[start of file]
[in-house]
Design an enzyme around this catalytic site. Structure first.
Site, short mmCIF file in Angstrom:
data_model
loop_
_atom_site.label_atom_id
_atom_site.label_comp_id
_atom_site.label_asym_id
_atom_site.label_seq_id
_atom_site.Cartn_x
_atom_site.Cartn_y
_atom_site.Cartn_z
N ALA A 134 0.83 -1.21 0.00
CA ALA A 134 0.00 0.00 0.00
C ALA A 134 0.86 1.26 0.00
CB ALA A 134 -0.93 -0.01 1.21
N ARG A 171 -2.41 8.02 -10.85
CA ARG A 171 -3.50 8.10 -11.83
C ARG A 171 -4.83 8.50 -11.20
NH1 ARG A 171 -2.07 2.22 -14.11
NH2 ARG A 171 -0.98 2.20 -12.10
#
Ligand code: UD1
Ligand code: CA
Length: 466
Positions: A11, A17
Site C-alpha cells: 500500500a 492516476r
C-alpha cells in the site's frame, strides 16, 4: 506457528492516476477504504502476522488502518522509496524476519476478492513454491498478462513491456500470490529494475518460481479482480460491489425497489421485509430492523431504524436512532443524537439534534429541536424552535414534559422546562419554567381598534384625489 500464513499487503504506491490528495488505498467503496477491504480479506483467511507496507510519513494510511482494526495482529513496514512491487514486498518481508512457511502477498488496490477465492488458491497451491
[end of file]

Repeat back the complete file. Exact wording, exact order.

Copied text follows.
[in-house]
Design an enzyme around this catalytic site. Structure first.
Site, short mmCIF file in Angstrom:
data_model
loop_
_atom_site.label_atom_id
_atom_site.label_comp_id
_atom_site.label_asym_id
_atom_site.label_seq_id
_atom_site.Cartn_x
_atom_site.Cartn_y
_atom_site.Cartn_z
N ALA A 134 0.83 -1.21 0.00
CA ALA A 134 0.00 0.00 0.00
C ALA A 134 0.86 1.26 0.00
CB ALA A 134 -0.93 -0.01 1.21
N ARG A 171 -2.41 8.02 -10.85
CA ARG A 171 -3.50 8.10 -11.83
C ARG A 171 -4.83 8.50 -11.20
NH1 ARG A 171 -2.07 2.22 -14.11
NH2 ARG A 171 -0.98 2.20 -12.10
#
Ligand code: UD1
Ligand code: CA
Length: 466
Positions: A11, A17
Site C-alpha cells: 500500500a 492516476r
C-alpha cells in the site's frame, strides 16, 4: 506457528492516476477504504502476522488502518522509496524476519476478492513454491498478462513491456500470490529494475518460481479482480460491489425497489421485509430492523431504524436512532443524537439534534429541536424552535414534559422546562419554567381598534384625489 500464513499487503504506491490528495488505498467503496477491504480479506483467511507496507510519513494510511482494526495482529513496514512491487514486498518481508512457511502477498488496490477465492488458491497451491